Saturday, April 28, 2018

culture, spirituality

definition of psychological constructs such as spirituality tends to vary across cultures (Stifoss-Hanssen, 1995; William, Feldt,&Amelang, 1997; Wink&Dillon, 2002), and that this tendency is more evident when the cultures share few historical and ideological traditions (Takahashi & Bordia, 2000). Most theoretical discussions and empirical studies so far, however, have been carried out in the U.S.
and Western Europe with a strong Judeo-Christian focus (e.g., Zinnbauer et al., 1997). The concept of spirituality, therefore, warrants a cross-cultural investigation of implicit theories in order to provide a broader and more inclusive framework (Richards & Bergin, 1999).

@Takahashi, M., & Ide, S. (2003). Implicit Theories of Spirituality Across Three Generations: A Cross-Cultural Comparison in the U.S. and Japan. Journal of Religious Gerontology, 15(4), 15-38

Cultural psychologists have focused attention on between-society differences in the likelihood of focusing on the "me" versus the "us" aspects of the self (Markus & Oyserman, 1989; Oyserman, 1993; Triandis, 1 989). For example, Americans are described as more likely than East Asians to take a "me" perspective (Markus & Kitayama, 1991).

Markus, H., & Oyserman, D. (1989). Gender and thought: The role of the self-concept. In
M. Crawford & M. Gentry (Eds.), Gender and thought: Psychological perspectives (pp. 100-
127). New York: Springer-Verlag

Oyserman, D. (1993). The lens of personhood: Viewing the self, others, and conflict in a multicultural society. journal of Personality and Social Psychology, 65, 993-1009.

Triandis, H. C. (1989). The self and social behavior in differing cultural contexts. Psychological
Review, 96, 506-520.

Markus, H., & Kitayama, S. (1991). Culture and the self: Implications for cognition, emotion,
and motivation. Psychological Review, 20, 568-579

In contrast, social identity researchers demonstrate that whether one takes a "me" or an "us" perspective is not fixed by culture but influenced by context (Brewer, 1991; Brewer & Gardner, 1996; Hogg, 2003, 2006). More situated approaches demonstrate empirically that small shifts in contexts influence whether anyone, American or East Asian, takes on "me" or "us" perspectives (for reviews,see Oyserman, 2007, in press; Oyserman & Lee, 2008a, 2008b; Oyserman & Sorensen,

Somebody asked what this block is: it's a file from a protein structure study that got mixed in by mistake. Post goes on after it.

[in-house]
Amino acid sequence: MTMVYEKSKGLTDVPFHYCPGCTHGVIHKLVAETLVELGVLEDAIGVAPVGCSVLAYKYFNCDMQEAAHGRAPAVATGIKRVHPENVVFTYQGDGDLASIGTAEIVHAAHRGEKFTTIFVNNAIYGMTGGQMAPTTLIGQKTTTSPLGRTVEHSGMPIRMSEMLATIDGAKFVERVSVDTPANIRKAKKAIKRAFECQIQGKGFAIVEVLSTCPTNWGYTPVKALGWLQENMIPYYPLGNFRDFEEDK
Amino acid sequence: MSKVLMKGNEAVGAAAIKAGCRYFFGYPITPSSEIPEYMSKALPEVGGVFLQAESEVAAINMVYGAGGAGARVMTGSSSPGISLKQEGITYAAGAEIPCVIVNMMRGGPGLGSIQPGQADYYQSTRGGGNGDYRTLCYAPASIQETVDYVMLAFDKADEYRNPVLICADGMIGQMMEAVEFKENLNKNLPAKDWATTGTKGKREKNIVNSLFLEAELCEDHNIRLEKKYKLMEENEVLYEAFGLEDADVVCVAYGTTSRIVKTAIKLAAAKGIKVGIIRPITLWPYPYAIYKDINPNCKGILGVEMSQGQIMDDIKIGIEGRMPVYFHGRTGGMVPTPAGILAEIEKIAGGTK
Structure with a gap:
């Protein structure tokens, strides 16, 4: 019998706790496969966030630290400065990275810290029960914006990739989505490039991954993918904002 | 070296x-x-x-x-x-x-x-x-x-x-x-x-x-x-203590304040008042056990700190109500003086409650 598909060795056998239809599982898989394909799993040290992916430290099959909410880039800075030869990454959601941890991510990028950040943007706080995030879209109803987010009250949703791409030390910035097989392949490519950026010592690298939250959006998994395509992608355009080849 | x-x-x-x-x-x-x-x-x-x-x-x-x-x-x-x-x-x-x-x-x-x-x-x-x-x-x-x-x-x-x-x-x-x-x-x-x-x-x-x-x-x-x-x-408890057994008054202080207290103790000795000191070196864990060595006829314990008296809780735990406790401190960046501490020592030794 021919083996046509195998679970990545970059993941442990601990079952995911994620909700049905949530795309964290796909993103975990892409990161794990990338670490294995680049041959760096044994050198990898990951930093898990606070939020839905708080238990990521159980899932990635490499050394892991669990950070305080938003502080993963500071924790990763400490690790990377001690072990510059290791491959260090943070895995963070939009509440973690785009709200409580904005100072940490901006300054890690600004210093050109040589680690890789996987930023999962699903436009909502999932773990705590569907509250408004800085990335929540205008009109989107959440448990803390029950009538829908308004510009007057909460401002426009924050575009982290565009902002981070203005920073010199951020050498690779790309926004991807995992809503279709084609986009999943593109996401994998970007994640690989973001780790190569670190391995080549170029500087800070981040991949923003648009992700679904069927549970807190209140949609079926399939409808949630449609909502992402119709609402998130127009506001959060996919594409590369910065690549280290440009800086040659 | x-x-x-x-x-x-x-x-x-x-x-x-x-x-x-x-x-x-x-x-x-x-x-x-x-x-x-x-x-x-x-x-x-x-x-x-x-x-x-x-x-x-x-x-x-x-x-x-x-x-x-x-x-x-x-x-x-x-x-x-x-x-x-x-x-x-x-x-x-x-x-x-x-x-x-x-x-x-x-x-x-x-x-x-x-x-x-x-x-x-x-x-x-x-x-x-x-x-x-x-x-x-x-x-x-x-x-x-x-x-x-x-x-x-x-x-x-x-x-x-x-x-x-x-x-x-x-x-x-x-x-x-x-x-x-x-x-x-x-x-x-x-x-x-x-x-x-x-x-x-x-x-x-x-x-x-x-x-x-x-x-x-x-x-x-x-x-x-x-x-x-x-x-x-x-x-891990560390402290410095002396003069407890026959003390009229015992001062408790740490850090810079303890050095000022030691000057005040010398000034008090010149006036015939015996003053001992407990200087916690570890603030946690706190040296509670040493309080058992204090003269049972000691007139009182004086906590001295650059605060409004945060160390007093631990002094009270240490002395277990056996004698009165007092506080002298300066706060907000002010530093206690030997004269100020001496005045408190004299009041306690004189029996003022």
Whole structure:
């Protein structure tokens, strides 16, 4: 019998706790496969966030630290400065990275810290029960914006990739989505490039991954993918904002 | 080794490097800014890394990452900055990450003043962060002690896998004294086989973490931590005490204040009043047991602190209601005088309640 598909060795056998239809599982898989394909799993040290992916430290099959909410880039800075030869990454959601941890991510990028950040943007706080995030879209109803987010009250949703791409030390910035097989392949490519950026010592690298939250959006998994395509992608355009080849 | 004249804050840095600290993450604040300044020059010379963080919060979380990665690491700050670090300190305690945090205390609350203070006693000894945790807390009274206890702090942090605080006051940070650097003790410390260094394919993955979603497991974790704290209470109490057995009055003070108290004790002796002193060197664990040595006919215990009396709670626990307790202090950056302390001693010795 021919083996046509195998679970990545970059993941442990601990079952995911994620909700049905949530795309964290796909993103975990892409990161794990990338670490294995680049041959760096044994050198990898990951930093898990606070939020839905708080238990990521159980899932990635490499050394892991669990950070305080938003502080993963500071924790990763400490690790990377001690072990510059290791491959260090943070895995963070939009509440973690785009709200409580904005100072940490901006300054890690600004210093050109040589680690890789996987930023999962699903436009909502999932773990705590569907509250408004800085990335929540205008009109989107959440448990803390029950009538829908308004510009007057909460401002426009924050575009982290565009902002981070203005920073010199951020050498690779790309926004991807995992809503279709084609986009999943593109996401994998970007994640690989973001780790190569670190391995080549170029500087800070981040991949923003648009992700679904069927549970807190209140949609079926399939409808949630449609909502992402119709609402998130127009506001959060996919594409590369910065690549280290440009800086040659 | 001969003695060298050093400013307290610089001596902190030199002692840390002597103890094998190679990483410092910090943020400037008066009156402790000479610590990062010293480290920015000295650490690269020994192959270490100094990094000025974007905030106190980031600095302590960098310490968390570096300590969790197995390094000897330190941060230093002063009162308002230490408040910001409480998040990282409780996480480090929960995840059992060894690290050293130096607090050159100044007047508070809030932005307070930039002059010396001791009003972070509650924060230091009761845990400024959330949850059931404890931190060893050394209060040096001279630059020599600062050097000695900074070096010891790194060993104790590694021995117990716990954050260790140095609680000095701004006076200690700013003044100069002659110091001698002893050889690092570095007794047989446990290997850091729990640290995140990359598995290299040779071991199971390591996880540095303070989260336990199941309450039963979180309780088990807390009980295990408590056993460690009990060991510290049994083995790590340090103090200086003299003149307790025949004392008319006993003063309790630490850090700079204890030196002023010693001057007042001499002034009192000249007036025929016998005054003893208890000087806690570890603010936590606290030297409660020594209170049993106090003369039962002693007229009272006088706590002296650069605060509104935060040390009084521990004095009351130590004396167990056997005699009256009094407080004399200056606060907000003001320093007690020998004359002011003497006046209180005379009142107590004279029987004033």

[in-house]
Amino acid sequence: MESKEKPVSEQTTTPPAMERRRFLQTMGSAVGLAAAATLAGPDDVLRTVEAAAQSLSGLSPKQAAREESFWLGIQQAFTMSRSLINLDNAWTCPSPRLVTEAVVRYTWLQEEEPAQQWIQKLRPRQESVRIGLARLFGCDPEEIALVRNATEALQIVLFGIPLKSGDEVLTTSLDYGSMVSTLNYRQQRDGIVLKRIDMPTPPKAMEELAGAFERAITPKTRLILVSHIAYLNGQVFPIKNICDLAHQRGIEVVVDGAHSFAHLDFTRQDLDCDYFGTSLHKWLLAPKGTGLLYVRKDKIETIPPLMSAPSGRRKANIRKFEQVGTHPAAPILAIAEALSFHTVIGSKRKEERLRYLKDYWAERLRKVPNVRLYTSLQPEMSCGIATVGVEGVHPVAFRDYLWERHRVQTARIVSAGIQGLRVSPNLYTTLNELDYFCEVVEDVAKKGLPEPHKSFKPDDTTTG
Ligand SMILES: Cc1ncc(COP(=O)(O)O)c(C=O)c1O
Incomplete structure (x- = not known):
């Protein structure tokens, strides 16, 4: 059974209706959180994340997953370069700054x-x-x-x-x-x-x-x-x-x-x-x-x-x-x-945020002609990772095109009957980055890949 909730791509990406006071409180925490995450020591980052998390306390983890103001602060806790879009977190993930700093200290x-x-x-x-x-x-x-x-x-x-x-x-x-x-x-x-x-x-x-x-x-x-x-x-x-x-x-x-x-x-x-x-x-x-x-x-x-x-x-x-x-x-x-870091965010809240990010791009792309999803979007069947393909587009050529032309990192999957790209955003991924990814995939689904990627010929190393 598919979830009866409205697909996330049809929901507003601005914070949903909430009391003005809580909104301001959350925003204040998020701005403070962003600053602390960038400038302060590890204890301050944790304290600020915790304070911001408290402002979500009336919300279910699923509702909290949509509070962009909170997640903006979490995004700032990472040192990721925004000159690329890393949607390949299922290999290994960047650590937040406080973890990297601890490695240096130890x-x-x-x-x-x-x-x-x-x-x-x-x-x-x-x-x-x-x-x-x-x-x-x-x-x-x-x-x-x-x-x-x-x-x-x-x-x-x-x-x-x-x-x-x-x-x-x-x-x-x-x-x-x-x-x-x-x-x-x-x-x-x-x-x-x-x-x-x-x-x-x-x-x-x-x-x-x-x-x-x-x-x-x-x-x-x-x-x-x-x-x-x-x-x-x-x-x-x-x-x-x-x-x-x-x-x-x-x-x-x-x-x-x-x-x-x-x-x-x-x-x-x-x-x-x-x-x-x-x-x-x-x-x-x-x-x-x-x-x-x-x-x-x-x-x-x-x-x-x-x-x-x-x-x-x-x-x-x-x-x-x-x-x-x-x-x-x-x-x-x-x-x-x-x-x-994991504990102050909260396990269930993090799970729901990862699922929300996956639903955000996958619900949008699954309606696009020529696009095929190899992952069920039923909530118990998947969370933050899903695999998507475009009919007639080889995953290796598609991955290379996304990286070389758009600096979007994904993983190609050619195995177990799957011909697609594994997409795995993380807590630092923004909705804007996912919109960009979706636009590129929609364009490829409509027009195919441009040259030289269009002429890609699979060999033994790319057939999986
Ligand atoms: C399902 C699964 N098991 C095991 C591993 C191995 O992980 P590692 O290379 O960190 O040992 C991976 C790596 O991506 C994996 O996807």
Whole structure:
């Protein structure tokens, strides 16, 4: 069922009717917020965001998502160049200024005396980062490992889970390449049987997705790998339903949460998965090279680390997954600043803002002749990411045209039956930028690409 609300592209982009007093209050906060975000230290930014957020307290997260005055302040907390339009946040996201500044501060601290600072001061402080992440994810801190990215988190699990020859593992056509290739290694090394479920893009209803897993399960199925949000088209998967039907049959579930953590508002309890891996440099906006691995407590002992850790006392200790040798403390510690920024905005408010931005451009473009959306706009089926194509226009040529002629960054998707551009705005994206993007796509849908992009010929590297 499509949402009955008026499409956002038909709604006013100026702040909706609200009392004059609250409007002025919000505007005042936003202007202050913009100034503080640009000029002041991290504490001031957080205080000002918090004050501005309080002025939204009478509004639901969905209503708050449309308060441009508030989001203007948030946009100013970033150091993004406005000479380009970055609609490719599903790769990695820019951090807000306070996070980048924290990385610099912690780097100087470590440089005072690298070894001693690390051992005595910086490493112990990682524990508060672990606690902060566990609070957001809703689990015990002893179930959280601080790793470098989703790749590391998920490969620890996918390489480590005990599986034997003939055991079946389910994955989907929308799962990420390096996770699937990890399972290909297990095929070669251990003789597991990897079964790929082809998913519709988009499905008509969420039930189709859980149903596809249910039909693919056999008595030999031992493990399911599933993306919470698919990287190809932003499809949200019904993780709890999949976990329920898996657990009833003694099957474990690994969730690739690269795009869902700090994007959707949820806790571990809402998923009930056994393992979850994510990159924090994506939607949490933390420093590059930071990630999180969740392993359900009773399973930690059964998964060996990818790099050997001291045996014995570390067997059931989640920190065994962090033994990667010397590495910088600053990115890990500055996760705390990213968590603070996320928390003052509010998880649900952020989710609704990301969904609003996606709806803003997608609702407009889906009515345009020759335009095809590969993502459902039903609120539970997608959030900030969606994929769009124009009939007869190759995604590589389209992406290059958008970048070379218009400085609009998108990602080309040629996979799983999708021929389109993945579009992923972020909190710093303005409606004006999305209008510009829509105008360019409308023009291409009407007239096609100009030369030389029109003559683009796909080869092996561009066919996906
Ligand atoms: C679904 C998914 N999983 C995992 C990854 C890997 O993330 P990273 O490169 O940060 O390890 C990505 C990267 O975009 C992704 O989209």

2009). Taking on a "me" or an "us" perspective influences perception and mental procedures more generally, as we discuss in  the section on self-concept.

Brewer, M. B. (1991). The social self: On being the same and different at the same time. Personality
and Social Psychology Bulletin, 1 7, 475-482.

Brewer, M. B., & Gardner, W. (1996). Who is this "we"?: Levels of collective identity and
self representations. journal of Personality and Social Psychology, 71, 83-93.

Hogg, M. A. (2003). Social identity. In M. R. Leary & ]. P. Tangney (Eds.), Handbook of
self and identity (pp. 462-479). New York: Guilford Press.

Hogg, M. A. (2006). Social identity theory. In P. ]. Burke (Ed.), Contemporary social psychological
theories (pp. 1 1 1-136). Stanford CA: Stanford University Press.

Oyserman, D. (2007). Social identity and selfregulation. In A. W. Kruglanski & E. T. Higgins
(Eds.), Social psychology: Handbook of basic principles (2nd ed., pp. 432-453). New York: Guilford Press.

Oyserman, D., & Lee, S. W. S. (2008a). Does culture influence what and how we think?: Effects of priming individualism and collectivism. Psychological Bulletin, 134, 3 1 1-342.

Oyserman, D., & Lee, S. W. S. (2008b). A situated cognition perspective on culture: Effects
of priming cultural syndromes on cognition and motivation. In R. M. Sorrentino & S. Yamaguchi (Eds.), Handbook of motivation and cognition across cultures (pp. 237-265). New York: Elsevier.

Oyserman, D., & Sorensen, N. (2009}. Understanding cultural syndrome effects on what and how we think: A situated cognition model. In R. Wyer, Y.-Y. Hong, & C .-Y. Chiu (Eds.), Understanding culture: Theory, research and application (pp. 25-52). New York: Psychology Press.

@Self, Self-Concept, and Identity by Daphna Oyserman, Kristen Elmore, George Smith
Handbook of Self and Identity, Edited by Mark R. Leary, June Price Tangney

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